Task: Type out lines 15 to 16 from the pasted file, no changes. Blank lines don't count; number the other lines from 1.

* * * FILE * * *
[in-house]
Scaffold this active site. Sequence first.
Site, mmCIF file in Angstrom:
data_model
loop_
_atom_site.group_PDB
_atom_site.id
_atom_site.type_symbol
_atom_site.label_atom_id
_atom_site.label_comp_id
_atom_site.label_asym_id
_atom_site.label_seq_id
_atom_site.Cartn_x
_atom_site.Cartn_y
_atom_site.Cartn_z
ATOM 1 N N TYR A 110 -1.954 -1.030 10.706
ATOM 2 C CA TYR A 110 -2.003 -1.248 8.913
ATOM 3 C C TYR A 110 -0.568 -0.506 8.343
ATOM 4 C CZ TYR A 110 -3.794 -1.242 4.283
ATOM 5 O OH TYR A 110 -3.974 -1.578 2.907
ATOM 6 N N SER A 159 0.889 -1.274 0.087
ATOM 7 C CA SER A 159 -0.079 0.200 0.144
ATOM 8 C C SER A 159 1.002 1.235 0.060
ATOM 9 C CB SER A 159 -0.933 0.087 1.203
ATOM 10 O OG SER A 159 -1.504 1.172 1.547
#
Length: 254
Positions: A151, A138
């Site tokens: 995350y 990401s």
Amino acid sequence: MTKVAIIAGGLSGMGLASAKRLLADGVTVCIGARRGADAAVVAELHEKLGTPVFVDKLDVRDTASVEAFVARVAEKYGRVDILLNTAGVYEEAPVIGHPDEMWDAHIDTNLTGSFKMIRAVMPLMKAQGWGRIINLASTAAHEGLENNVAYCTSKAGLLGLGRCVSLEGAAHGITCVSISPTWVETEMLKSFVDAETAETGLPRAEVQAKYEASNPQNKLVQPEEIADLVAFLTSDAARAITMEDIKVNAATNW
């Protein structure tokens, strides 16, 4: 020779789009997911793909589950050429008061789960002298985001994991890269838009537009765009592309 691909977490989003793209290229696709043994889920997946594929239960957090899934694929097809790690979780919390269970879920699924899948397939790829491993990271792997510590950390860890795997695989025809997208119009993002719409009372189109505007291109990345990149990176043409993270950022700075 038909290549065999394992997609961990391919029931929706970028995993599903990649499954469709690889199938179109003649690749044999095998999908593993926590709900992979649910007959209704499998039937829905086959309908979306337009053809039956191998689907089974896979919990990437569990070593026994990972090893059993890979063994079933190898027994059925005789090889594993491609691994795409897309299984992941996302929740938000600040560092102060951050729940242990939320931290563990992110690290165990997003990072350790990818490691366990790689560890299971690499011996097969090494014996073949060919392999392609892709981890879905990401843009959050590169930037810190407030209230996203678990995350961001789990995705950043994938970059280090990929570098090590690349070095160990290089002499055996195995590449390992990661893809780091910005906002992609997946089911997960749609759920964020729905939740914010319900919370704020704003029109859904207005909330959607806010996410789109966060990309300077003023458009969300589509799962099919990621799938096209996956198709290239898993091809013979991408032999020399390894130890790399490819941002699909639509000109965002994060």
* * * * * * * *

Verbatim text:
_atom_site.Cartn_z
ATOM 1 N N TYR A 110 -1.954 -1.030 10.706